IUCN is currently carrying out a feasibility study to assess whether the IUCN Green List Sustainability Standard, a global benchmark for the effective management of protected and conserved areas, can be applied to the Natura 2000 network. In this interview, Erika Stanciu, an expert in protected area management, talks about the challenges faced by protected areas both in her native Romania and further afield.
This is the second in a series of interviews with Natura 2000 experts as part of the LIFE Green List for N2K project. Our interviewee has extensive experience in Natura 2000 site management. She recently became involved in the Green List for N2K project as a member of the European Core Working Group, with the goal of adapting the IUCN Green List Sustainability Standard to the Natura 2000 network.
Erika has been associated with Natura 2000 sites for many years, being involved in the early stages of the preparation of Natura 2000 in Romania, since 2003, before the country joined the European Union in 2007. She continues to be involved in Natura 2000 management activities in her current work for the Foundation Propark, where she is executive director. Part of her activities involves participatory management planning and capacity building; she and her Propark colleagues are certified trainers, trying to build the capacity of professionals working in Natura 2000 sites in Romania. Her work has taken her to many parts of Europe, partly through Natura 2000 related projects in Bulgaria and Slovakia and through training events for protected area managers in Croatia, Moldova, Ukraine and other Eastern and Central European countries, including Hungary, Serbia, Latvia, Lithuania.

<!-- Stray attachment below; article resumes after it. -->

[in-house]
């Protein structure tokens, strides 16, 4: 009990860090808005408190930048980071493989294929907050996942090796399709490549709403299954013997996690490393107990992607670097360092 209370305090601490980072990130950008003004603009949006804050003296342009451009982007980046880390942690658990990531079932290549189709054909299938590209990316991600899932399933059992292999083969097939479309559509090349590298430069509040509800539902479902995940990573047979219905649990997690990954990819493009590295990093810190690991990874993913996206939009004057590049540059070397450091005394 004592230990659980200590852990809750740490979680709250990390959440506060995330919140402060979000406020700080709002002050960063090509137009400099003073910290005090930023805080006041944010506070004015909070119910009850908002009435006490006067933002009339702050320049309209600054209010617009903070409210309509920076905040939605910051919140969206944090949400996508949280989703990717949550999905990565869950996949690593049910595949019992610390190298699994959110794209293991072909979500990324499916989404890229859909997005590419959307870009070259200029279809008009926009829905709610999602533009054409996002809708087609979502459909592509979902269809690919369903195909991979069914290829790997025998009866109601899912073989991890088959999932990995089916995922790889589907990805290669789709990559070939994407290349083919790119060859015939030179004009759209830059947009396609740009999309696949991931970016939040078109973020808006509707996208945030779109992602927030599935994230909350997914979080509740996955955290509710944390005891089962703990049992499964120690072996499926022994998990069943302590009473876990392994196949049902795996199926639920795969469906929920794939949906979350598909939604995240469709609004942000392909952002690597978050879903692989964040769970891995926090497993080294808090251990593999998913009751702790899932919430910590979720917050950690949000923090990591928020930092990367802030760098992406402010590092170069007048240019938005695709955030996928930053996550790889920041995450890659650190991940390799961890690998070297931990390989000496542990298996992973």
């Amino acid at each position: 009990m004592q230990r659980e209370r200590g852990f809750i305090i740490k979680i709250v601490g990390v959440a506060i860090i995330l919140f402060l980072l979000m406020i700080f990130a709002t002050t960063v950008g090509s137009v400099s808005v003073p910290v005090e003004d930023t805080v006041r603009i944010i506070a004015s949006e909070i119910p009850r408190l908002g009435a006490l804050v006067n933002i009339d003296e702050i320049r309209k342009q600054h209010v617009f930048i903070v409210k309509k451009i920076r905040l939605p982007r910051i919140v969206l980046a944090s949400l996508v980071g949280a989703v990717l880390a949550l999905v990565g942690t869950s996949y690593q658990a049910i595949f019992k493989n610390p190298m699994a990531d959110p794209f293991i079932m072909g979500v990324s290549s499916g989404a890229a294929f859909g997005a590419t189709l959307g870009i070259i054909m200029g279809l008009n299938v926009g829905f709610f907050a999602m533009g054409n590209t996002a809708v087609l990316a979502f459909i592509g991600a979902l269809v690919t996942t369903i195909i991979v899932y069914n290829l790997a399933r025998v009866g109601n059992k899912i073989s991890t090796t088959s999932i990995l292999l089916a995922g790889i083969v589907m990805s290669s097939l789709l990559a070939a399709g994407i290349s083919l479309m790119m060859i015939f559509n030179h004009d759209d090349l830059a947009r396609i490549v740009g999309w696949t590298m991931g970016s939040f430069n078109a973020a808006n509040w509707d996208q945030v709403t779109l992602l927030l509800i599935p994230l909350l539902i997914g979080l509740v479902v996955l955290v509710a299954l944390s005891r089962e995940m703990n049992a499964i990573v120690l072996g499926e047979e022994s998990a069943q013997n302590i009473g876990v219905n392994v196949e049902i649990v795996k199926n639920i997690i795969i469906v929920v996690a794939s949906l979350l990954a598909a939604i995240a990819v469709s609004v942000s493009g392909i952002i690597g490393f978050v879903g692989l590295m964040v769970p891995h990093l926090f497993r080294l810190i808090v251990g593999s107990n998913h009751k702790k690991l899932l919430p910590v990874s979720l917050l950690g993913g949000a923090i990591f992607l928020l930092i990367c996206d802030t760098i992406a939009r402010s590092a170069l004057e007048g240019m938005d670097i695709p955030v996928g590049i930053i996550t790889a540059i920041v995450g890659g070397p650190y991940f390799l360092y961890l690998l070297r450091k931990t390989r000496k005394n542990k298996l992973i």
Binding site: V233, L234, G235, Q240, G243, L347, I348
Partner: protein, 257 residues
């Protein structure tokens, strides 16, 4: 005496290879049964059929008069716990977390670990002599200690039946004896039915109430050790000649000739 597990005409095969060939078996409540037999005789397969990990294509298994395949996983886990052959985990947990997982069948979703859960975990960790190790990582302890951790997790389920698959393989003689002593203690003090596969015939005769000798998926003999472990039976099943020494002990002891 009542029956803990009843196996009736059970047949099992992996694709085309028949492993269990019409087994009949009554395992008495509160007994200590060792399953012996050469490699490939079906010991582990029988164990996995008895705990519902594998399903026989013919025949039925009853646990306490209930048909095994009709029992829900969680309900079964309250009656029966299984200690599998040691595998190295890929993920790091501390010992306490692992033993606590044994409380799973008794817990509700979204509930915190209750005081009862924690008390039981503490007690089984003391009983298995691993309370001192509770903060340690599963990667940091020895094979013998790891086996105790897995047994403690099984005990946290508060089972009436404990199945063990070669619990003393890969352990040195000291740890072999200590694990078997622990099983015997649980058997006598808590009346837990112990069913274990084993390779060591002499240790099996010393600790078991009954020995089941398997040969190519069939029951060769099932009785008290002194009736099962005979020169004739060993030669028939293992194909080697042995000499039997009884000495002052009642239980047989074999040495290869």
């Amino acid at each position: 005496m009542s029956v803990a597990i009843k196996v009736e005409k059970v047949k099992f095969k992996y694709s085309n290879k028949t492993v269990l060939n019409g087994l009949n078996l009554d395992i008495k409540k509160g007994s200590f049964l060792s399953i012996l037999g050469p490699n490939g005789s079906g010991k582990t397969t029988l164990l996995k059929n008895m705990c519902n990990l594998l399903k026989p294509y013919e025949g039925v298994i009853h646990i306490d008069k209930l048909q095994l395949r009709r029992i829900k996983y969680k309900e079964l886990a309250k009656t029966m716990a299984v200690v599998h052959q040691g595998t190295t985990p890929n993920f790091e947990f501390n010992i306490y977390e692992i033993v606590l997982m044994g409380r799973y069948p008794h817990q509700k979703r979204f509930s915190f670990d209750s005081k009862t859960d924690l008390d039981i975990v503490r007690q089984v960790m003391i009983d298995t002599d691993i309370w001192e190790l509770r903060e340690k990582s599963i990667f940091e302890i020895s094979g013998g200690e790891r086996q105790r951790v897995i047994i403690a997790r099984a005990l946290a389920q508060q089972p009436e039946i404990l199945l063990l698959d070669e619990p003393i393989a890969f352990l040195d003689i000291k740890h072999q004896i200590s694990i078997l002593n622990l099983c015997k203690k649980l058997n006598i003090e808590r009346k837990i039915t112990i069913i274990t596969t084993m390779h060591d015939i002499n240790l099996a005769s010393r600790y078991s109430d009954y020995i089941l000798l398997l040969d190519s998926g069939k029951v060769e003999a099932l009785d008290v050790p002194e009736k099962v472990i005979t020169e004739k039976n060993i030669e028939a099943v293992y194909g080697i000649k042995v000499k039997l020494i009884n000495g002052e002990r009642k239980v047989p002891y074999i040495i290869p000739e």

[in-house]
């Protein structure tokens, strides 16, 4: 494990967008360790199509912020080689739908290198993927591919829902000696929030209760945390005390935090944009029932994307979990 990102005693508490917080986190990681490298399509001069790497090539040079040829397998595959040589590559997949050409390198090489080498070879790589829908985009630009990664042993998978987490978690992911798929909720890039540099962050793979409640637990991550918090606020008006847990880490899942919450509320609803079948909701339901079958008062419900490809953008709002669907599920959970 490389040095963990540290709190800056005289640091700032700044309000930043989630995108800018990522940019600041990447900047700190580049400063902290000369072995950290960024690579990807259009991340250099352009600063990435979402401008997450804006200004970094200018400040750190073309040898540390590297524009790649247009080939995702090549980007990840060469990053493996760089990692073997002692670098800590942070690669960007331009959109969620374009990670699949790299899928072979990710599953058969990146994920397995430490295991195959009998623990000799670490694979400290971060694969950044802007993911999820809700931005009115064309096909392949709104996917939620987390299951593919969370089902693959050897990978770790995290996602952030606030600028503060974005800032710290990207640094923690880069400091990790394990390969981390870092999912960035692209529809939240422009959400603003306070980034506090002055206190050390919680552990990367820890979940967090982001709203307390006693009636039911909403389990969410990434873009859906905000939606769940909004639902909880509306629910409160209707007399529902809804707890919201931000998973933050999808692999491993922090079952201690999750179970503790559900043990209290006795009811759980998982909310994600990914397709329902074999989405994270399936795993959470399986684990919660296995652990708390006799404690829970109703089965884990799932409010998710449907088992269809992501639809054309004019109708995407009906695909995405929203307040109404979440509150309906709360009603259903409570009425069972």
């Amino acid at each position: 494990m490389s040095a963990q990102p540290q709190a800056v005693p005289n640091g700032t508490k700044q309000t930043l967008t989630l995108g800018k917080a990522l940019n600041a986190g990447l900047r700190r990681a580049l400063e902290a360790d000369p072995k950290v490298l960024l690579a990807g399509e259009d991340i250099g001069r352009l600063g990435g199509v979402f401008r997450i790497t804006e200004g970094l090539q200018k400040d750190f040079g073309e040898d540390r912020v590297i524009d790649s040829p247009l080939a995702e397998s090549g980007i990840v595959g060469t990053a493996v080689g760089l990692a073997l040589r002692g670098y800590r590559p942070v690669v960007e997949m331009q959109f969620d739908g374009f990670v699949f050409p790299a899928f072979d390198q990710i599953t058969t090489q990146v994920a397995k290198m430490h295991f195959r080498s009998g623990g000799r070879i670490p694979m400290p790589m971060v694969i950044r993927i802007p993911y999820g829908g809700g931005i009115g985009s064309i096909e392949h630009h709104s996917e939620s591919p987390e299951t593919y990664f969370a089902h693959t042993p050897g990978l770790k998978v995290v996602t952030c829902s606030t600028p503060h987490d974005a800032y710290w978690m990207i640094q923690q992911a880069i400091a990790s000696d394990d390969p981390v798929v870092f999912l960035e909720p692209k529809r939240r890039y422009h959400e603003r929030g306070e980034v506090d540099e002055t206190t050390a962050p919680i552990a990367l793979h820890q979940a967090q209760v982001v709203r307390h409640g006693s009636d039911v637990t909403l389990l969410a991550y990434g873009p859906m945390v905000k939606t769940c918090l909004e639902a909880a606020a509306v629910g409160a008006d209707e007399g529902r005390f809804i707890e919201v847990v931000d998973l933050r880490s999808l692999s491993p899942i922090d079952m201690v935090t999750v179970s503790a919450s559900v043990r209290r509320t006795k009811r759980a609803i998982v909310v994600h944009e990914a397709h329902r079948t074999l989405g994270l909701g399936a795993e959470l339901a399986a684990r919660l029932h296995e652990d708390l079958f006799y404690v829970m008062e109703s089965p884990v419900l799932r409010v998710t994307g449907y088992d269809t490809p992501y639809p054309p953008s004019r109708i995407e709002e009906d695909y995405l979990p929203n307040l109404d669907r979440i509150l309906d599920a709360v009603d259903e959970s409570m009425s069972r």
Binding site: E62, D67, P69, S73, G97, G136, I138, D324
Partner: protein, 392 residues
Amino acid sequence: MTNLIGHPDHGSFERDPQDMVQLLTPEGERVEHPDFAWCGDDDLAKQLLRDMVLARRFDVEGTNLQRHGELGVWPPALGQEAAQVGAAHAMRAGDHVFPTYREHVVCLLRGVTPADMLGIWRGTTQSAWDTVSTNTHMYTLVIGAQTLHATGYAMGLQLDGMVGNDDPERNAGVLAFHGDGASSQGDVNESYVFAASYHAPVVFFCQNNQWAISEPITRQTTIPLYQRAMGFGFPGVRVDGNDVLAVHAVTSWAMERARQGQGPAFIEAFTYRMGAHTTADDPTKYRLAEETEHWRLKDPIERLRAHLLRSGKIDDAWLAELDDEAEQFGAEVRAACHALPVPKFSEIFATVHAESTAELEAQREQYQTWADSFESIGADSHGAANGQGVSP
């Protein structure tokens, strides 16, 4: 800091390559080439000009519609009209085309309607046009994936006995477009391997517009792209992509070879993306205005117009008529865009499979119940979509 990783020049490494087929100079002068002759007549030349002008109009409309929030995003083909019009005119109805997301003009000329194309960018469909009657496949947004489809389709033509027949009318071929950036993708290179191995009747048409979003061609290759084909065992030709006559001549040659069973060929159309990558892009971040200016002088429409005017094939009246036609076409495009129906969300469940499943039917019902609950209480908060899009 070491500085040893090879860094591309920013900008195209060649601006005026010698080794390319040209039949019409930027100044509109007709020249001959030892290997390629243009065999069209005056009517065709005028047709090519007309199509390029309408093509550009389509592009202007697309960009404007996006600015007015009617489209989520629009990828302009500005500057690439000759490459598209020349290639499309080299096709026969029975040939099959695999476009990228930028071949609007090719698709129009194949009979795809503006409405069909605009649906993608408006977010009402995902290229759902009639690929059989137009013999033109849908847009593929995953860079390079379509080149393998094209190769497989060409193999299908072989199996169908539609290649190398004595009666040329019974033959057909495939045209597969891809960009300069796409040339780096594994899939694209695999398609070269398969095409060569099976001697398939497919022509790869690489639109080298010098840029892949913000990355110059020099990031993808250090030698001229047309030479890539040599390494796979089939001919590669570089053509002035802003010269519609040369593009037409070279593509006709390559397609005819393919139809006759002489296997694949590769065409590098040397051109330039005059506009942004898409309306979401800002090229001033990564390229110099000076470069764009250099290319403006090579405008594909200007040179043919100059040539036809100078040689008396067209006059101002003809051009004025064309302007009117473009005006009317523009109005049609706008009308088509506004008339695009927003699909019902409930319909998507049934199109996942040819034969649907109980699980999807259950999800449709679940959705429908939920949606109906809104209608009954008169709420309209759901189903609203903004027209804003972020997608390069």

She has been impressed by the adaptability of protected area managers and how they have got up to speed with Natura 2000 sites. However, she finds governments can lack understanding of the principles behind Natura 2000 and how it works but she concedes the situation varies from country to country. In addition, she finds that connections could be improved between site managers, natural resource managers and local authorities. These “soft” connections between entities could be critical for improving ‘real world’ connections, including designing and implementing ecological corridors between Natura 2000 sites so as to maintain a functional network, she says. Furthermore, she considers that stakeholder involvement is very important: “Participative management is something that we do not really understand yet or implement.”
From an early age growing up in Brasov, a city in the heart of the Carpathians in Romania, Erika decided that she wanted to study nature conservation. No such courses existed at the time so she settled on forestry, to her mind the closest alternative. She enjoyed it, the day-to-day fieldwork and the hands-on nature of the activities. It also proved to be intellectually stimulating, influencing her view of nature conservation even today. She saw a clear connection between forestry and nature protection. The focus may not have been on the conservation of species and their habitat but “the principles are very close to those of nature conservation. Even the harvesting part has some very sound principles.” She adds that foresters can genuinely contribute to nature conservation if they do their jobs according to the principles they were taught at university. “I would call it responsible management. It sounds, at least to me, even more engaging than sustainable management. I think responsible contains a bit more than just the balance between the social, the economic and the environmental. It also contains the need to get personally involved.”